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Religion on Indonesian ID cards blamed for deaths

by Presi Mandari

ICC Note: The religious conflict in Indonesia is growing. A contributing factor could be the identity cards that require people to have their religion on them

4/9/07 Indonesia For full story…..(AFP) – Indonesia ‘s small, plastic identity cards may seem innocuous enough but campaigners who are trying to have the compulsory religion category dropped say they are behind many sectarian killings.

“People have been killed in sectarian conflicts because religion is mentioned on the cards,” said activist Maya Safira, who heads a non-profit group that seeks to embrace Indonesians of different backgrounds.

Safira’s National Integration Movement wants religion removed from the cards because Muslim-majority Indonesia has a history of religious conflict.

A law passed in 2006 mandated the inclusion of religion on the identity cards, despite objections that forcing people to display their faith was a violation of basic human rights.

The archipelago nation of 17,000 islands also has a number of minority religious beliefs that critics say the law simply fails to capture.

For followers of other faiths, such as animism or local traditional beliefs, nothing is entered on the card because they practice a religion the government does not officially recognize.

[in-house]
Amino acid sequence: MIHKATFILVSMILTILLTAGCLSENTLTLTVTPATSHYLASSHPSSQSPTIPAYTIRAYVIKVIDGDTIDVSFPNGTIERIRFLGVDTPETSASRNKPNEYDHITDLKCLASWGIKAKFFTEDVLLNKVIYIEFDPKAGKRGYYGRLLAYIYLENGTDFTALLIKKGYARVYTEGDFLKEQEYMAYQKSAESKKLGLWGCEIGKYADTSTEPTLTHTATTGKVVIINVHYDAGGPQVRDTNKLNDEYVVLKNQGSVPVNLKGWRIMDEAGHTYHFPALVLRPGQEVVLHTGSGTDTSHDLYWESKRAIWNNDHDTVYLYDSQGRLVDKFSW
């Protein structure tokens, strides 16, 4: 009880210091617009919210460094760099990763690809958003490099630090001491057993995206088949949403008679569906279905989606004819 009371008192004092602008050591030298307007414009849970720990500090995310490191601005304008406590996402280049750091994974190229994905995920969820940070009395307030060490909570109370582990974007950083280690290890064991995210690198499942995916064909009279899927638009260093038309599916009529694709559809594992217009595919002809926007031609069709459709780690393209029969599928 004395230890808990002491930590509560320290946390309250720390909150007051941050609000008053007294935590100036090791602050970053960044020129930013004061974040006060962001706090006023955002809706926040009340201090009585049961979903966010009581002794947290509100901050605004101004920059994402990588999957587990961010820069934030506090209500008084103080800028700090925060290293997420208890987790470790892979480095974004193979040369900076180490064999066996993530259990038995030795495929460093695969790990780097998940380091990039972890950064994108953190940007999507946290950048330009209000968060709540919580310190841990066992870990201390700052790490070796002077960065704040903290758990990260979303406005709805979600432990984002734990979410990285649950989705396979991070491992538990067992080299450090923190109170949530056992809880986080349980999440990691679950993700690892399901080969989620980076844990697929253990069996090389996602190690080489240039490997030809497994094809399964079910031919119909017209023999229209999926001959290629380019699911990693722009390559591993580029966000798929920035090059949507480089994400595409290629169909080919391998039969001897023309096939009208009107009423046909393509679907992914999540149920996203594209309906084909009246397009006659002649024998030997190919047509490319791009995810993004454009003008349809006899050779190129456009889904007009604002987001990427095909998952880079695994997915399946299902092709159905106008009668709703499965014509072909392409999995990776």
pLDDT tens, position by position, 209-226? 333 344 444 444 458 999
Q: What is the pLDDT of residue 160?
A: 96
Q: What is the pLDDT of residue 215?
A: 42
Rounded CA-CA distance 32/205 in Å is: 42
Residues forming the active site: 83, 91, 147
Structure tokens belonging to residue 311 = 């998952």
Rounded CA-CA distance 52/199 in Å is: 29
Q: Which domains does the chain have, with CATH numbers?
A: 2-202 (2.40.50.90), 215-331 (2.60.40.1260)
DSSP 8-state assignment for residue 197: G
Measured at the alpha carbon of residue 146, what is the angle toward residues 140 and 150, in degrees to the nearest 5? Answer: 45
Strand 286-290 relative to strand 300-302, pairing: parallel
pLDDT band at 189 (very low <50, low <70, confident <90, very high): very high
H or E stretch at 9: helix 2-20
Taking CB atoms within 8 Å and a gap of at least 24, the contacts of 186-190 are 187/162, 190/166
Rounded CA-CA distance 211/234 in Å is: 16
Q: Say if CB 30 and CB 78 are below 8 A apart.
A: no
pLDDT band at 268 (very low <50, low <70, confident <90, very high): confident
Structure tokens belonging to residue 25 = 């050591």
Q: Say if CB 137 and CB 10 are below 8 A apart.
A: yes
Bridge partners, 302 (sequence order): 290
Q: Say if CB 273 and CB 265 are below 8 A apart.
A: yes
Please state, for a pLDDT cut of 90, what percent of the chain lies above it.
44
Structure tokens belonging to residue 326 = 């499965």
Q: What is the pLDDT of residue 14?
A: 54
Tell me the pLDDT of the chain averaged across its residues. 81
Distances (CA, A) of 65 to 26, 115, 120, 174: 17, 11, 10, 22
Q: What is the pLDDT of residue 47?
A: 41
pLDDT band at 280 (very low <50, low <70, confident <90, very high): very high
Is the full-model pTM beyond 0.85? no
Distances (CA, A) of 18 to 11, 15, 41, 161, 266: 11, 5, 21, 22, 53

For Yudanegara, who uses one name, anything that marks religious division brings back awful memories. His brother perished after getting caught up in Muslim-Christian conflict in 1999 on Ambon island in Indonesia ‘s Maluku chain.

Religious violence in the chain has killed more than 5,000 people and displaced thousands more.

Violence is not the only problem for critics who say the cards can also encourage discrimination in everyday life.

Permadi, a member of Indonesia ‘s parliament who uses one name, follows a traditional faith generically termed Aliran Kepercayaan. The religion box on his identity card should have been left blank, but officials filled it in for him — with Islam.

Even so, he says, authorities have refused to record his daughter’s marriage or to issue a certificate as legal evidence of her union.

“They refused to record the marriage of my daughter simply because her father adheres to an indigenous belief,” he said. “I am living proof of the discrimination against believers in minority faiths.”

LBH Rakyat, rights activists and other campaigners have urged the government to remove religion from the cards.